Learning Minister Dr. Stephen Farry says it wasn’t realisitc to allocate all 500 STEM places to Derry....
These 500 STEM (Science, Technology, Engineering and Maths) places follow 700 places confirmed last year. Together, this is the biggest increase for the university sector since 2000.
While we already have the highest participation rates of any UK region, we are still exporting too many of our young people. There is a good case for expanding higher education provision.
When I assumed office in May 2011, no budget allocation for the expansion of the higher education existed. Indeed, there was a real danger that the freeze of tuition fees would have been funded through cuts to university spending, resulting in fewer places.
The first tranche of additional places was negotiated as part of proper financial settlement around tuition fees. This was secured to manage the expected displacement of demand as proportionately more students would wish to study locally to avoid higher fees elsewhere.
This autumn as part of the Executive’s Jobs and Economy package, I secured 500 more places to assist in rebalancing our economy through investing in the higher level skills necessary for this region to be competitive.
I understand the strong desire across Derry and the North-West for all of the additional places to be allocated to the University of Ulster at Magee, and the local economic challenges. However concentrating all of the additional places in one location is not realistic. The new places are regional-wide investments, both in managing student displacement and the investment in skills.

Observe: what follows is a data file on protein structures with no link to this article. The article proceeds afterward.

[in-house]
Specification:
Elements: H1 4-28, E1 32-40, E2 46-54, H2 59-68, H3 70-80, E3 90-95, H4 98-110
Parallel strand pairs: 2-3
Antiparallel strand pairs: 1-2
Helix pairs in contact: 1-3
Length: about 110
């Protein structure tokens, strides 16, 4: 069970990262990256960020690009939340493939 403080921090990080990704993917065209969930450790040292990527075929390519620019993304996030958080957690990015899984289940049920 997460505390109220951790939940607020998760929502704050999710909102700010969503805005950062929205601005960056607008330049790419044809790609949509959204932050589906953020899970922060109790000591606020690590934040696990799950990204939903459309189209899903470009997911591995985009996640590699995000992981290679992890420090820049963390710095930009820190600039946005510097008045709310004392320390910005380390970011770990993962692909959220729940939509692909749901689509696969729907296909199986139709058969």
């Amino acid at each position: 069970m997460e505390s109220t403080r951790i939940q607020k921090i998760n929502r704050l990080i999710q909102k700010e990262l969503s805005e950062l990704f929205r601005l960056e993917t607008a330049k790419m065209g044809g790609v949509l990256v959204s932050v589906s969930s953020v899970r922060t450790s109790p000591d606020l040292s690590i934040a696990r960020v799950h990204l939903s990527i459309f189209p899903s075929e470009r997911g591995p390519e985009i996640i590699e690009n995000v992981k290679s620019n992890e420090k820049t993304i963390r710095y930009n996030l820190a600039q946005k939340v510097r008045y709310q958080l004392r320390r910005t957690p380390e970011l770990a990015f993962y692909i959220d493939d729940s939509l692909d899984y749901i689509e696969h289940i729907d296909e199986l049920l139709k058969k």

In particular, while what UU Magee does, and could in the future, offer is highly relevant to our current and future economy, the range of courses would inevitably remain more narrow than the wider potential areas of high-level skills that could be demanded in the future.
Therefore, in order to meet my overarching goal to help rebalance the economy, it is necessary to invest in a broader range of STEM subjects across different institutions and to give those bodies sufficient flexibility to adjust to changing skill projections.
It is alleged that only the University of Ulster asked for additional places. This is absolutely not the case.
Furthermore, it is argued that a business case for expansion only exists in relation to Magee. In fact, there is only at this stage a Strategic Outline Case and any future decisions on an exclusive award of places would need a full business case for any allocation of places.
However, creating this could be counter-productive for Magee. While it may reinforce the case for development there, it could equally make the case for the further consolidation of higher education in other locations. A business case is not required for the general allocation of places across institutions.
Nevertheless, given the Executive’s commitment to the One Plan, I did top-slice 10% of the new 500 places, before distributing the remaining places on a pro rata basis.
At present, my actions are benefitting Magee and Derry. A rising tide is lifting all boats.
Plans that only previously existed on paper are now becoming a reality. The Magee campus will have been awarded almost 600 new places, and is now well on the path to the 1,000 target in the One Plan.
Furthermore, if it wishes, the University of Ulster has the freedom to redirect some of its existing places to the North-West.
With the support of my colleagues on the Executive and a solid evidence base, I remain committed to seeking to expand higher education provision in Northern Ireland, and I look forward to Magee expanding further.